Blog Conscious Leadership

It depends on your worldview

Written by Charlie Efford

Photo by Pixabay

What makes a great leader? Lots of people write very passionately on this subject and I am not going to analyse their ideas. Instead, I would like to look at this question from a different perspective – the view you have of the world or your Worldview.

Your Worldview is a reflection of the concepts and beliefs you have about how the world works or how it should be. It was probably shaped by your parents and your experiences in life. It helps you make sense of events and guides the way you respond. Some people have very fixed world views, others are much more flexible.

To answer my question, I want to take a broad look at two different Worldviews and what a great leader would look like from each perspective.

Age of Science & Industry

Most of the corporate world has its roots in the age of science & industry. It is characterised by the concepts of competition, innovation, meritocracy, power, performance and materialism. These ideas have brought us unparalleled prosperity and raised the living standards of millions of people. Organisations are run like benign machines. Executives want to control the markets and re-engineer their organisations to achieve dominance. Delivering great results is the primary objective. Many are tempted to do whatever it takes to win the competition. People are valued providing they can deliver. Corporate life is about predict and control.

In this environment great leaders have to be:

  • Strong
  • Action orientated
  • Intellectually intelligent
  • Strategic
  • Motivating
  • Influential

I’m sure you can add to the list. Leaders are required to have a firm grip of their organisations and be seen to be in charge. Given this very dominant perspective of leadership it is not too surprising that the majority of leaders display strong male oriented characteristics (regardless of sex).

If your organisation shares this Worldview then it makes absolute sense to select and train leaders to operate in this way. They can then take their place in the hierarchy and help ensure that people play their roles in the complex machinery of the organisation.

But what if your Worldview was different?

Green Age

In the Green or post-modern age, relationships become just as important as achieving results. Great results are achieved not by becoming more powerful but by building and enabling nourishing relationships. Executives want to grow healthy businesses that contribute to the world rather than exploit it. Organisations are seen more as a family than a machine and the family includes employees, suppliers, customers, shareholders and local communities. In this Worldview the focus is on strong values and creating healthy relationships, Get this right and great results will follow. Leaders tend to do what is right. People are valued for who they are.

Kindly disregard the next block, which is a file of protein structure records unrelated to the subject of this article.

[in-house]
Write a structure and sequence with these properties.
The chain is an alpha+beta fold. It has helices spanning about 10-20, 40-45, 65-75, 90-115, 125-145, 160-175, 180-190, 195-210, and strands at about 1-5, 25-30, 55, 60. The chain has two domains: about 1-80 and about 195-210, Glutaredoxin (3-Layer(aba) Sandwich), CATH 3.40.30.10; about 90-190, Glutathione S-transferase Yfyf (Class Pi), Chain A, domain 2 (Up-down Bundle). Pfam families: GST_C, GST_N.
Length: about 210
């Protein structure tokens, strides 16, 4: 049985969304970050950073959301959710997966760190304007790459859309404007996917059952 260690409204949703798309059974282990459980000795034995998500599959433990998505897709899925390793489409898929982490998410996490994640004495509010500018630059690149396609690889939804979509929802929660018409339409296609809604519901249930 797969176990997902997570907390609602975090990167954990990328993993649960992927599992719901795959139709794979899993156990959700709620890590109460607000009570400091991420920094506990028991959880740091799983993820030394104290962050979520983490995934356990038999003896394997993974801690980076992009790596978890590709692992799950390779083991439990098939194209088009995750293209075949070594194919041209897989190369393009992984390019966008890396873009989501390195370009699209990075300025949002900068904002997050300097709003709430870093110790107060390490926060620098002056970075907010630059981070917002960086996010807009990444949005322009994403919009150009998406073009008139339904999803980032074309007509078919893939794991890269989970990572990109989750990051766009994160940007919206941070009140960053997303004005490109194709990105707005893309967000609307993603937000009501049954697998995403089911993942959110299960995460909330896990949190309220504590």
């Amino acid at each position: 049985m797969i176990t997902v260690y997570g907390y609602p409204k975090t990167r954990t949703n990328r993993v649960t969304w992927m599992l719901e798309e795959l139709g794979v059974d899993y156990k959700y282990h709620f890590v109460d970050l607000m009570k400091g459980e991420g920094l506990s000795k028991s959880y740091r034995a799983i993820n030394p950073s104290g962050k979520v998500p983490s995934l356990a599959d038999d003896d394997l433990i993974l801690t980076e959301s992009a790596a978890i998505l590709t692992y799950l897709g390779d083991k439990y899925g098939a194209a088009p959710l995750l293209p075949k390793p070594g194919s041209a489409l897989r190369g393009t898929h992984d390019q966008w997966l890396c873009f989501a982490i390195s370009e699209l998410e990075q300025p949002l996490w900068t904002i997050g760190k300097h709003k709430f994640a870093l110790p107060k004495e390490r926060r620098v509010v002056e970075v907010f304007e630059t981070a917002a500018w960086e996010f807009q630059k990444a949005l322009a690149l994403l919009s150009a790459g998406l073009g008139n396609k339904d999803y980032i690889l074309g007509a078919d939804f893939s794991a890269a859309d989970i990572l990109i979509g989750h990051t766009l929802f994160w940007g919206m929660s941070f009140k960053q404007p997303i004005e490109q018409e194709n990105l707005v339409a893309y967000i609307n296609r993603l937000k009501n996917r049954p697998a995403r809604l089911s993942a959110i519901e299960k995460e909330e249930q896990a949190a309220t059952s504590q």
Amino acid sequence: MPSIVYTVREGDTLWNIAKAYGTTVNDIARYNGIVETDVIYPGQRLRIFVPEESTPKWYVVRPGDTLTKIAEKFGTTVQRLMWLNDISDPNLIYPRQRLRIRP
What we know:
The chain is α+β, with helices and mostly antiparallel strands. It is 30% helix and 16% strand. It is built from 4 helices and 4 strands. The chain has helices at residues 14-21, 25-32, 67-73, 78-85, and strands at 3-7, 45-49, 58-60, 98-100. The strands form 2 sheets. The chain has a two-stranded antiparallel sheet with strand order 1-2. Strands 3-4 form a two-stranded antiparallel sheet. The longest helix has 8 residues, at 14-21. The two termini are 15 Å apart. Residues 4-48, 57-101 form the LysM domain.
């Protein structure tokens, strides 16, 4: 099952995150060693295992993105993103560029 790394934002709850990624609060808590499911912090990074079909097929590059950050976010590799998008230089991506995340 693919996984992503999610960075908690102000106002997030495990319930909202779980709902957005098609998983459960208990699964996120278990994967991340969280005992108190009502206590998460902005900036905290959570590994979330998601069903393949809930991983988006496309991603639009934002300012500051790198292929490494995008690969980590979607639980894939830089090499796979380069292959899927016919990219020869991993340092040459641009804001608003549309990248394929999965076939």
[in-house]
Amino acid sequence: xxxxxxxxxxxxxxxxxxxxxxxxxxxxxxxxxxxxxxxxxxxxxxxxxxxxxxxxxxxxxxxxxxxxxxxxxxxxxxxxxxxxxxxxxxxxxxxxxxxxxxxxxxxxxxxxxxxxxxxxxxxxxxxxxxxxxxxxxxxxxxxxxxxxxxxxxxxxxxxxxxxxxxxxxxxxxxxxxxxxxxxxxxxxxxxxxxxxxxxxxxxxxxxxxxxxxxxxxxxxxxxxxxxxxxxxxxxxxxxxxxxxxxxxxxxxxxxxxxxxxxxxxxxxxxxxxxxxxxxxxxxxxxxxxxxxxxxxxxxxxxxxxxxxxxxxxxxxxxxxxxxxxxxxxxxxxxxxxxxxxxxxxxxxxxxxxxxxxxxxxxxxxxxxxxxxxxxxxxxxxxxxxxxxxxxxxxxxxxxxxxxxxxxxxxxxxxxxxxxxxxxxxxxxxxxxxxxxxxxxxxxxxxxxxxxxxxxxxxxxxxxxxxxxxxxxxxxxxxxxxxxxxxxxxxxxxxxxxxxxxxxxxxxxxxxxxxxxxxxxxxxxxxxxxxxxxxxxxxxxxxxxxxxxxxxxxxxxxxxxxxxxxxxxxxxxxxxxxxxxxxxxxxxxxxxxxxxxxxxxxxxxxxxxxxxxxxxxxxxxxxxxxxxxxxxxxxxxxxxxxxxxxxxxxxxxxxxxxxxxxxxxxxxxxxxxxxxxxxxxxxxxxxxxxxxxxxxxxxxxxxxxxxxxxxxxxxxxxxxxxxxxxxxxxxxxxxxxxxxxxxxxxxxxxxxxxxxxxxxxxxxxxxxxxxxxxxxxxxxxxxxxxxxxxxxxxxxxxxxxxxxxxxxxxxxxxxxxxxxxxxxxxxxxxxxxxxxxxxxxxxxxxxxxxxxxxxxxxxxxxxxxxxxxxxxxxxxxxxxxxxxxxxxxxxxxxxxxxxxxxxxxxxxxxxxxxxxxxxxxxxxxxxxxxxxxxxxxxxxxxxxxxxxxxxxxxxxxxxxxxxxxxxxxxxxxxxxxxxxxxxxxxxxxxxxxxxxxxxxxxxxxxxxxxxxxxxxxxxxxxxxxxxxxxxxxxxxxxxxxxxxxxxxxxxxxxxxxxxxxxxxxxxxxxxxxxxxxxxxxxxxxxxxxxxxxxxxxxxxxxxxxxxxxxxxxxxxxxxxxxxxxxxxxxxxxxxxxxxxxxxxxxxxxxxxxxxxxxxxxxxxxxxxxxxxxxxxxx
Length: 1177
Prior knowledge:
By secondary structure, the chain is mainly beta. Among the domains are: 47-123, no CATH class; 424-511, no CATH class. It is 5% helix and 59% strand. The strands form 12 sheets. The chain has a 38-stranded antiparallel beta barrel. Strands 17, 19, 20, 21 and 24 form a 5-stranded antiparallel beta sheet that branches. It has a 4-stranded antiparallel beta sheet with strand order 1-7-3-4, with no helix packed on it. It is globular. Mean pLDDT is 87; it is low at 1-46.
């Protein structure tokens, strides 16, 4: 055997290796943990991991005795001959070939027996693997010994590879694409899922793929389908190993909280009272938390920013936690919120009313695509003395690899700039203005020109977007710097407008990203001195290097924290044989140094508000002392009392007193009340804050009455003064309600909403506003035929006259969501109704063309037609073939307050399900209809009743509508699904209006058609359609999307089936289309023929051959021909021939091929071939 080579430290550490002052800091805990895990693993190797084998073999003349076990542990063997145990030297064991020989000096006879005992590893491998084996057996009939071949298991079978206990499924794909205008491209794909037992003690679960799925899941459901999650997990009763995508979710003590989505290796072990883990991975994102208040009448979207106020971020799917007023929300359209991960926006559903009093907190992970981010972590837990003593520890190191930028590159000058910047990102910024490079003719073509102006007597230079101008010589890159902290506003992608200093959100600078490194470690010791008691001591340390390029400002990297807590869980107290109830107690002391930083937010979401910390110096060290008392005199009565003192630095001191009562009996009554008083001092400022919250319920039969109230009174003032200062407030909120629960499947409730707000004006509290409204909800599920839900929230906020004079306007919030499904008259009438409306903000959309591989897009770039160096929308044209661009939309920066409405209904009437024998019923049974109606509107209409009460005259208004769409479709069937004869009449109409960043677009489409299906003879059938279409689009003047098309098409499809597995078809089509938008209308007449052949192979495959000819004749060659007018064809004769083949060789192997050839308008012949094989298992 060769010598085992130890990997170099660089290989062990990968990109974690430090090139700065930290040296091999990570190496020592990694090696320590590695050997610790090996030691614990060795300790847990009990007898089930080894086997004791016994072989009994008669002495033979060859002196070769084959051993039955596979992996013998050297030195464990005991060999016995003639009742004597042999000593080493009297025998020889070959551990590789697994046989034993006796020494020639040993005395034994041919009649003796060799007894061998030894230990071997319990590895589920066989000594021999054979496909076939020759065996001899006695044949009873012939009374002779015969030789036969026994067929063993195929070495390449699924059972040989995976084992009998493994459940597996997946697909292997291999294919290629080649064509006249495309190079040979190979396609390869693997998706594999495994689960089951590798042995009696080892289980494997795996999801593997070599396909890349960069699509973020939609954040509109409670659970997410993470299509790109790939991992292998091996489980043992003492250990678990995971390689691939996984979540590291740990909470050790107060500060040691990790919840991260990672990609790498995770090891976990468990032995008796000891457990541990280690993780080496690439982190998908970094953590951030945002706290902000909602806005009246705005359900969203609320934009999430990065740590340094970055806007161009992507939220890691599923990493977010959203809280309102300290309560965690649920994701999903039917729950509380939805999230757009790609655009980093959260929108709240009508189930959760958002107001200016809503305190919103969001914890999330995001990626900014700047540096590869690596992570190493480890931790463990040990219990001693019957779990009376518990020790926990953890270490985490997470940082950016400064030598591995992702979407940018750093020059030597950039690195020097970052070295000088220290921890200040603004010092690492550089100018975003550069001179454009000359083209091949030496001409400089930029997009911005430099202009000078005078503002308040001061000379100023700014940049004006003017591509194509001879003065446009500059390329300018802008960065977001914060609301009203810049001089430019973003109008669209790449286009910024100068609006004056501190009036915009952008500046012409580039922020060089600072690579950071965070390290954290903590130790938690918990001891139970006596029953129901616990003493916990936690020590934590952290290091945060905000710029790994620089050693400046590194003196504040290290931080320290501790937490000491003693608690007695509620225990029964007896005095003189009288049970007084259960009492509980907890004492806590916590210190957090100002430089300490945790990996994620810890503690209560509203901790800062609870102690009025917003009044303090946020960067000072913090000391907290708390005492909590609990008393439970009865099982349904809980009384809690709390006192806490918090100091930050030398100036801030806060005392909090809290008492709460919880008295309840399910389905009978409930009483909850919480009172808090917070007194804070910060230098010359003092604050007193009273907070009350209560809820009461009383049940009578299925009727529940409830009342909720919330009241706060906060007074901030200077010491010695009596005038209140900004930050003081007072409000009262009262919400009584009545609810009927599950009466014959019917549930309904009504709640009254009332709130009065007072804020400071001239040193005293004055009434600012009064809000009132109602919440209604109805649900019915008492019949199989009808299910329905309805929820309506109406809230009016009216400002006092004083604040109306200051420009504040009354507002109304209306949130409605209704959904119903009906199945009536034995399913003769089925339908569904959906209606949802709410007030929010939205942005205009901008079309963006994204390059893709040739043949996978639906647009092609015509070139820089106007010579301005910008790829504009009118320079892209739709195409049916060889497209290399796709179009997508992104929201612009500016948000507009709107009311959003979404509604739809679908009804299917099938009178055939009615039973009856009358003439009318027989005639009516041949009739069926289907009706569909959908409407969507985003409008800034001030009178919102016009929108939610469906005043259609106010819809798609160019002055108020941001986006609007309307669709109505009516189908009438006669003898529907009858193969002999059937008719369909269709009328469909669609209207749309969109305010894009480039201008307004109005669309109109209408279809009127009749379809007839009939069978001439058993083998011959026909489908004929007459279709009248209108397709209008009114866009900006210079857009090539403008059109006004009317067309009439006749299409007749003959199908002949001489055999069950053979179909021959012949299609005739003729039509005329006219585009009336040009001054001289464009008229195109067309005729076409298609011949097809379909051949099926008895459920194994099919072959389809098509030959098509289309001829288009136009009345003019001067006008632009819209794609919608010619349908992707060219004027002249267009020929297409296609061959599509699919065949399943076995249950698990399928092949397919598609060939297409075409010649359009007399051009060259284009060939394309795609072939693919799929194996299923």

In this environment, great leaders look very different. They have to be:

  • Self-aware
  • Able to build trust
  • Emotionally intelligent
  • Compassionate
  • Authentic
  • Ethical

Again I am sure you can add to the list. In this Worldview, objectives are agreed through discussion and responsibility for achieving them is genuinely shared. These characteristics have a much stronger element of nurture and care and allow for typically female traits to emerge in leaders.

Leadership development programmes will naturally look very different

One Worldview is not better than another.

When I look at the corporate world, many organisations are primarily run from an age of science perspective but have added a few green age practices. For example, at performance appraisal time, the policy says that manager and employee should agree objectives. In practice the manager still tells people what they have to achieve and the employee takes it on the chin. Neither really understands how to play the game any differently. The green age practices don’t really work because the science age need to control is still dominant.

The strong action centred leadership admired in an age of science organisation would wreck the relational world of a green age organisation, and the compassionate understanding approach of a green age leader would be seen as weak and useless in an age of science business.

One Worldview is not better than any other, it is just different. Great leadership in one age will almost certainly not be great leadership in another.

So what does make a great leader?

A good leader might be someone who is fully conscious of their Worldview and finds a matching organisation where they can use their talents and abilities authentically. A great leader might be someone who can do this and have the flexibility to recognise and adapt when their Worldview has changed.

I would love to know what you think.

Our Conscious Leader programmes are designed for green age leaders.

About the author

Charlie Efford


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